There are many different types of retirement plans for self-employed individuals. A Keogh plan is one of them.
A Keogh (pronounced KEE-oh) plan was once a very popular retirement savings tool for sole proprietors and those who work for unincorporated businesses. However, in 2001, the Economic Growth and Tax Relief Reconciliation Act ushered in big changes to this tax-advantaged retirement plan.
While Keogh plans still exist today, they’re mainly used by highly compensated individuals because they offer high contribution limits. Unfortunately, the administrative burden of operating them can be substantial.
Keogh plans can only be used by self-employed individuals and unincorporated businesses.
What is a Keogh plan?
A Keogh plan is a type of retirement plan for self-employed individuals and those who work for unincorporated businesses. Contributions to Keogh plans can be made with pre-tax dollars, subject to annual contribution limits.
Keogh plans can be structured as defined benefit plans that guarantee a certain income in retirement. However, most are defined contribution plans -- they don’t provide an income guarantee, but rather allow workers to contribute a set portion of their salaries. The most common types of Keogh plans include:
- Profit-sharing plans: These are a type of defined contribution plan that enables companies to contribute the lesser of 25% of compensation or $58,000 in 2021 (up from $57,000 in 2020). For workers over 50, catch-up contributions of $6,500 are also allowed (in both 2020 and 2021).
- Money purchase plans: These are a type of defined contribution plan similar to a profit-sharing plan, but companies are required to make annual contributions regardless of whether the business turns a profit or not. They have the same contribution limit of the lesser of 25% of compensation or $58,000 in 2021 (plus catch-up contributions of $6,500 for workers over 50).
- Qualified defined benefit plans: These provide a guaranteed annual benefit to retirees, with the amount based on the employee’s years of service. For 2020 and 2021, the maximum annual benefit is the lesser of 100% of employee compensation or $230,000.
Keogh plans were named after Eugene James Keogh, a New York congressman. The congressman was instrumental in the passage of the Self-Employed Individuals Tax Retirement Act of 1962, a law allowing unincorporated businesses to sponsor retirement plans for workers. However, the IRS has indicated this term is outdated, with Keogh plans now referred to as qualified retirement plans or HR 10s.
What are the rules for a Keogh plan?
The rules for a Keogh plan are similar to those applicable to many other retirement plans for the self-employed:
- Contributions are tax-deductible up to annual limits
- Money in a Keogh plan can be invested and grow on a tax-deferred basis until retirement
- Withdrawals can be made penalty-free after 59 ½. You are subject to a 10% penalty for early withdrawals unless a hardship exemption applies
- You are required to take retired minimum distributions after age 72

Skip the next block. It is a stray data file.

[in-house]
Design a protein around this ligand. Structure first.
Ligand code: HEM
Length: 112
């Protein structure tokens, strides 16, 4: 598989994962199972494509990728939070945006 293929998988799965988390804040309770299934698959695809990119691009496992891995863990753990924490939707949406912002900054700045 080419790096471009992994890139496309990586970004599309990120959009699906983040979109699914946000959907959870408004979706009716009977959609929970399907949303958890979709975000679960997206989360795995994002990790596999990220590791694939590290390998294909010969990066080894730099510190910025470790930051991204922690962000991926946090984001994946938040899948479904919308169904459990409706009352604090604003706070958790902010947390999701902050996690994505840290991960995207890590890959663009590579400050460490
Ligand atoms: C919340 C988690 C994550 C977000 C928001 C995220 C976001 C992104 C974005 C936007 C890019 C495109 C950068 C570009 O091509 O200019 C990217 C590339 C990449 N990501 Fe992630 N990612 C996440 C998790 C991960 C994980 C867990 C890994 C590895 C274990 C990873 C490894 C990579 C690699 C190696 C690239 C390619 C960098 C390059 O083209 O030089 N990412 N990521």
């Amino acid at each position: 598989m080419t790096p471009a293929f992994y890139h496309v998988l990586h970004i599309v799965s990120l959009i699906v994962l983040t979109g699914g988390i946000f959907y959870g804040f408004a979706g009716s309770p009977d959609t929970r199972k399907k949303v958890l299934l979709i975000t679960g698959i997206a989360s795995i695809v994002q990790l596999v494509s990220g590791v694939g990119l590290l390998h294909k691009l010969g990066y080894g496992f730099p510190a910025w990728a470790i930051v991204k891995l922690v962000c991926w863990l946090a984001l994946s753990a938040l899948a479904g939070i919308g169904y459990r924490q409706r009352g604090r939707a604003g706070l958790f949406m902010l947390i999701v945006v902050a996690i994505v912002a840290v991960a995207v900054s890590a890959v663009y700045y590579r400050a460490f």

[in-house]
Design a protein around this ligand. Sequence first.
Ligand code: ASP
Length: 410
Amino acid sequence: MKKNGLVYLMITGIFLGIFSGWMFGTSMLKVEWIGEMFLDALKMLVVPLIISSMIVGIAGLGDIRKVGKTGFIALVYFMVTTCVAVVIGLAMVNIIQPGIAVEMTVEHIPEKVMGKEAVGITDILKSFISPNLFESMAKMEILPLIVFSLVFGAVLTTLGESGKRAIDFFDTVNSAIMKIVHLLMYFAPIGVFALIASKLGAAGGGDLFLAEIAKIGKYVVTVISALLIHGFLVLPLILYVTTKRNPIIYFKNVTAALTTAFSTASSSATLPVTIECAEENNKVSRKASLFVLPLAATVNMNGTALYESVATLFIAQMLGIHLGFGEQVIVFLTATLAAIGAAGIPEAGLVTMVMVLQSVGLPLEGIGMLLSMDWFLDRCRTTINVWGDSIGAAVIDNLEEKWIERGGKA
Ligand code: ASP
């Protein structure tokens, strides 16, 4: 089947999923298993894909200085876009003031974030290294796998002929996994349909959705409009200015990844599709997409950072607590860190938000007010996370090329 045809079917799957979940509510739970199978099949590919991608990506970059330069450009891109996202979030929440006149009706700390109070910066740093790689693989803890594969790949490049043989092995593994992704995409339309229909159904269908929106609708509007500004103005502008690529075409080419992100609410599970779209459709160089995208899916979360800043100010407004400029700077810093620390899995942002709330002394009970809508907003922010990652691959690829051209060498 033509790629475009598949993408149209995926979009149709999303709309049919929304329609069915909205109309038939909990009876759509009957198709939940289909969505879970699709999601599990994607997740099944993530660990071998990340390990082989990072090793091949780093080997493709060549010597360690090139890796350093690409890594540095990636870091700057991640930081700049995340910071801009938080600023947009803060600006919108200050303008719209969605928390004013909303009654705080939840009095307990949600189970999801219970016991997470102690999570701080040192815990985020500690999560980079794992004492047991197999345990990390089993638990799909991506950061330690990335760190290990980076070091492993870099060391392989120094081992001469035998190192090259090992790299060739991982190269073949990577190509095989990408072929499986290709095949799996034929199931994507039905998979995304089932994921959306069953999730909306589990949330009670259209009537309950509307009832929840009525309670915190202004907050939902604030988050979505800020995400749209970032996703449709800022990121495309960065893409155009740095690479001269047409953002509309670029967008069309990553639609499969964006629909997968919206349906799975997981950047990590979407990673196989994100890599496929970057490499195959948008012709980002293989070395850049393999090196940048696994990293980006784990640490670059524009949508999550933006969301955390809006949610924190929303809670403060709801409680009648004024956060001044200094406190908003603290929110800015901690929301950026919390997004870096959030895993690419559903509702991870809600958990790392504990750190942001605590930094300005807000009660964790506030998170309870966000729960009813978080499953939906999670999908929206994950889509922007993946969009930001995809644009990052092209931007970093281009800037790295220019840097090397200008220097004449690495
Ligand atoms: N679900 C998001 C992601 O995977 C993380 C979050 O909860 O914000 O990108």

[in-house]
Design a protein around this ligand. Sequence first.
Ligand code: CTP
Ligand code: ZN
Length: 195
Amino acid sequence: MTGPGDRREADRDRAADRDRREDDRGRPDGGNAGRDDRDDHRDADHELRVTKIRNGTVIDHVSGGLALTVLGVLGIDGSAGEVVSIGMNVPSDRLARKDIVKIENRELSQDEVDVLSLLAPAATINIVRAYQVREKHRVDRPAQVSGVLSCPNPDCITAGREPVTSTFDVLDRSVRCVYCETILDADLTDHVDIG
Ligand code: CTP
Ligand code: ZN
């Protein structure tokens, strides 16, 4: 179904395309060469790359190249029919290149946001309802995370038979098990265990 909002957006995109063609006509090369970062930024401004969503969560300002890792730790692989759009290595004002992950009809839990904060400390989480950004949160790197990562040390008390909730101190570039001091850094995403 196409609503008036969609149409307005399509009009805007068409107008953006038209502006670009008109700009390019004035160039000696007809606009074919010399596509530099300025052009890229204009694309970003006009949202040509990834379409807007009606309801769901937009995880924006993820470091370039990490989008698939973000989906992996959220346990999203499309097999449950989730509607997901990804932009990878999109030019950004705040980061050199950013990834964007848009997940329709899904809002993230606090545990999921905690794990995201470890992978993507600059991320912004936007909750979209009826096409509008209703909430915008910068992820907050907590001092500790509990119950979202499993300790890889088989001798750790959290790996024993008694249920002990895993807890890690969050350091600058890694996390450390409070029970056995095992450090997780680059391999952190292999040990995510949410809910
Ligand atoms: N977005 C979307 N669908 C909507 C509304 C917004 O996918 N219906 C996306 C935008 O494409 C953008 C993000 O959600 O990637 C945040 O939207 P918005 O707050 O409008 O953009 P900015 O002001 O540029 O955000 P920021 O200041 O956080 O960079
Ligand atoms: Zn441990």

- Ordinary income tax applies to withdrawals
- You can roll over a Keogh plan into a traditional or Roth IRA but may owe taxes on a Roth conversion
However, Keogh plans can only be used by self-employed individuals and unincorporated businesses. When you start a Keogh plan, you’re obligated to adopt a written plan in accordance with the requirements of IRS Publication 560, although many financial institutions such as banks and brokerage firms can provide you with prototype plans the IRS has approved.
You’re also required to file IRS Form 5500 annually.
Explore Related Retirement Topics
How does a Keogh plan differ from other retirement plans?
Although there are similarities, there are also important differences between Keogh plans and other retirement plans for the self-employed:
- Keogh plans provide a higher limit for tax-deductible contributions than several other plan types, including traditional IRAs and Roth IRAs.
- Keogh plans come with more administrative paperwork and higher costs than other plan types. This can include initial setup fees associated with the creation of your plan documents that can add up to several thousand dollars, as well as annual administration fees
- Anyone with earned income can contribute to a traditional or Roth IRA (provided they fall within income limits), but Keoghs are limited to self-employed individuals and unincorporated businesses
Pros and cons of having a Keogh plan
Keogh plans provide flexibility in how they are structured, with a choice of a defined benefit plan or one of several types of defined contribution plans including a profit-sharing plan or money purchase plan. They also enable higher tax-deductible contributions, so highly compensated individuals may prefer them to other alternatives.
However, the major downside of a Keogh plan is the substantial administrative burden, including the requirement to file an annual Form 5500 with the IRS, and the costs of establishing and maintaining a plan can be higher. Before determining a Keogh plan is right for you, you should consider a SEP-IRA, SIMPLE IRA, Solo 401(k) or traditional or Roth IRA.